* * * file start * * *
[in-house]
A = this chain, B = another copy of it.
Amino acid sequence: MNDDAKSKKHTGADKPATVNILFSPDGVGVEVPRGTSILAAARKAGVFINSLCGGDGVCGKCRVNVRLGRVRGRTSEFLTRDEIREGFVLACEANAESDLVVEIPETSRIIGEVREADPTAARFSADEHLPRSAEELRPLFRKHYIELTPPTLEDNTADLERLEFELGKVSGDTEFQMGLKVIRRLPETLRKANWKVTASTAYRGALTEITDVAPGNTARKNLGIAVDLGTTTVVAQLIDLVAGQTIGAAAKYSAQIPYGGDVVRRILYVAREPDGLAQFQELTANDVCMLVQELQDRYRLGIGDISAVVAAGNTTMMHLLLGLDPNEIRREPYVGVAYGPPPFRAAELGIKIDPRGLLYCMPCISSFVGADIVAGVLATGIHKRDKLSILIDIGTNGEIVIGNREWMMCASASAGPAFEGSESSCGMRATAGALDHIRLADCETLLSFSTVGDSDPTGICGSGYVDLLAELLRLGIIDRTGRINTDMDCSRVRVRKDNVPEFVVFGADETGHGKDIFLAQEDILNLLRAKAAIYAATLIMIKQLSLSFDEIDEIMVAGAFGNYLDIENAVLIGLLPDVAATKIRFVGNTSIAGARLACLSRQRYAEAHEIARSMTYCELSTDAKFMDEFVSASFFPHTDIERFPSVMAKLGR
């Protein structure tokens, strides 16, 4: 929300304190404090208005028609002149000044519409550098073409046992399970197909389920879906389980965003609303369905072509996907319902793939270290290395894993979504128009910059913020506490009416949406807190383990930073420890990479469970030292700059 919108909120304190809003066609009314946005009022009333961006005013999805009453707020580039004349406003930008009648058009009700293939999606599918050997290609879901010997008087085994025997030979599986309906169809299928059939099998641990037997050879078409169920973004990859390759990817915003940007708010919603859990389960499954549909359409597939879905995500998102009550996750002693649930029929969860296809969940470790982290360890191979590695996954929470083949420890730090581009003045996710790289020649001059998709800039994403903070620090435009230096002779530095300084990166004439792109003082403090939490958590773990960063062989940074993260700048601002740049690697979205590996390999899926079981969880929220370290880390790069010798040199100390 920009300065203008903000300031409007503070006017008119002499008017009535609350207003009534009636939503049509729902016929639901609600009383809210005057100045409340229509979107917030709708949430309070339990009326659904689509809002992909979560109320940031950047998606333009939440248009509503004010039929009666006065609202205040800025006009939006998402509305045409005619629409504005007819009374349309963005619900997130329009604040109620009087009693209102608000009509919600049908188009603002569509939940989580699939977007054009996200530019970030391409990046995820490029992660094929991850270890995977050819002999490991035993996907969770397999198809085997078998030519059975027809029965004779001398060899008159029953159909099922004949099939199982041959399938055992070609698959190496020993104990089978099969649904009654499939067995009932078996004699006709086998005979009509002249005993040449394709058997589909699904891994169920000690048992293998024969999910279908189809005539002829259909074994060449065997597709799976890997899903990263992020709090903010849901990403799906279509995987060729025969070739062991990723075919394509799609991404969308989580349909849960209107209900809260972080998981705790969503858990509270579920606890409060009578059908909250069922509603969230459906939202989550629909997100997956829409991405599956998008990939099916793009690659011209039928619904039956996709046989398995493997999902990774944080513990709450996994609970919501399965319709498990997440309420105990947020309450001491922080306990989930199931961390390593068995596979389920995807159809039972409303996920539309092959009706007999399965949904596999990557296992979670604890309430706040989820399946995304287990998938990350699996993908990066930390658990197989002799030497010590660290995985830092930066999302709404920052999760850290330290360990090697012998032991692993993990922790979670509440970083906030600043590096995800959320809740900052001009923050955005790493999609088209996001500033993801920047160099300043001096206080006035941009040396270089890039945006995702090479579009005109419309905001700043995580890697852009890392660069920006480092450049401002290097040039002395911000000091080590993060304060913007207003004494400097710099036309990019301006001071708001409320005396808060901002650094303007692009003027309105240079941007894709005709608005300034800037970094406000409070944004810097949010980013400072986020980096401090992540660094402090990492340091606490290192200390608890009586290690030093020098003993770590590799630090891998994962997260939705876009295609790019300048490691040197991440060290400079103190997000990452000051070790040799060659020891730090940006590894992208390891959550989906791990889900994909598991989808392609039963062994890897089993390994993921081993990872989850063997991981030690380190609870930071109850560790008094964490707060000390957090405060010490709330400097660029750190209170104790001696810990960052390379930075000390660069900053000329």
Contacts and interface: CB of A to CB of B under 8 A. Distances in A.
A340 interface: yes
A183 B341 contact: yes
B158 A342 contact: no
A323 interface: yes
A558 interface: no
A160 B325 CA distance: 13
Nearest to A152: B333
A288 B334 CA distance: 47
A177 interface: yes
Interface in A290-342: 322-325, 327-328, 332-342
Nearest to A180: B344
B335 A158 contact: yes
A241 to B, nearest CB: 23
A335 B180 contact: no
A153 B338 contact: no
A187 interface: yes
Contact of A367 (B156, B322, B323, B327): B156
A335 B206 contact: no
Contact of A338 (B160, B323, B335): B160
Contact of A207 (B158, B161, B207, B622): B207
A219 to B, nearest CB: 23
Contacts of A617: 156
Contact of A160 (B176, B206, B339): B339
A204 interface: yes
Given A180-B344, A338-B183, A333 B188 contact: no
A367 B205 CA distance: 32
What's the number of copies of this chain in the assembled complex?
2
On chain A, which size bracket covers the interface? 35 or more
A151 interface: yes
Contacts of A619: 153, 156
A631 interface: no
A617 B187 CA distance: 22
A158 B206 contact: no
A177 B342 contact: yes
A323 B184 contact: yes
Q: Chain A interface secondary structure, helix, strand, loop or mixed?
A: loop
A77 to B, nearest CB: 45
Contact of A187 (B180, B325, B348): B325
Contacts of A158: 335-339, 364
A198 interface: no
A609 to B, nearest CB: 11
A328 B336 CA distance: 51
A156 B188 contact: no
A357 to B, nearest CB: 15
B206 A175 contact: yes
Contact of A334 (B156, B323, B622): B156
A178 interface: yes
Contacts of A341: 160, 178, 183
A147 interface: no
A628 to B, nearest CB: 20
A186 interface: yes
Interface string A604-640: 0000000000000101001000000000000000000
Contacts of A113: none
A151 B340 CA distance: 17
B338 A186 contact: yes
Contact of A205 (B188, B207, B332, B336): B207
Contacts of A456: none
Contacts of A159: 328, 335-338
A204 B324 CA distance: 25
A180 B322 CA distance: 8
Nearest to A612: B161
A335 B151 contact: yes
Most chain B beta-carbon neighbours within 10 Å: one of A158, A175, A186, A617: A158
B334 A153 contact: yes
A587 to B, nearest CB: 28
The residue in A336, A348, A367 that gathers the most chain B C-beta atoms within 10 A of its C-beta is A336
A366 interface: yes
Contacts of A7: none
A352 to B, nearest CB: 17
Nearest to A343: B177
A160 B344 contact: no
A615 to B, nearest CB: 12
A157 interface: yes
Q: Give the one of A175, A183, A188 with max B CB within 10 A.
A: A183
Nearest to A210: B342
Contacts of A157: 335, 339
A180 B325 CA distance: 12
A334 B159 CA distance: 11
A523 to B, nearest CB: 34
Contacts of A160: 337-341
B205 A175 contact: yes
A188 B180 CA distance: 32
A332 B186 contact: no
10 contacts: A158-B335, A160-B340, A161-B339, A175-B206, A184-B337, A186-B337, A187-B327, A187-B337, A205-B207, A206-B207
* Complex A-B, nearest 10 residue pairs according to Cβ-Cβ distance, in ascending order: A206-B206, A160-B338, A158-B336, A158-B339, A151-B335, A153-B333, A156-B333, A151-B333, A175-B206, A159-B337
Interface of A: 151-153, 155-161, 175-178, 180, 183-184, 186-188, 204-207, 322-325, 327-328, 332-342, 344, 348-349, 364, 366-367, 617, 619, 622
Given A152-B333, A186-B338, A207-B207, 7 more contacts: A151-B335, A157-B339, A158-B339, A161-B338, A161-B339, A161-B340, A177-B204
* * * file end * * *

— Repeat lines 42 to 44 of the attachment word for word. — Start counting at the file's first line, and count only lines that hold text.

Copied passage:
Q: Chain A interface secondary structure, helix, strand, loop or mixed?
A: loop
A77 to B, nearest CB: 45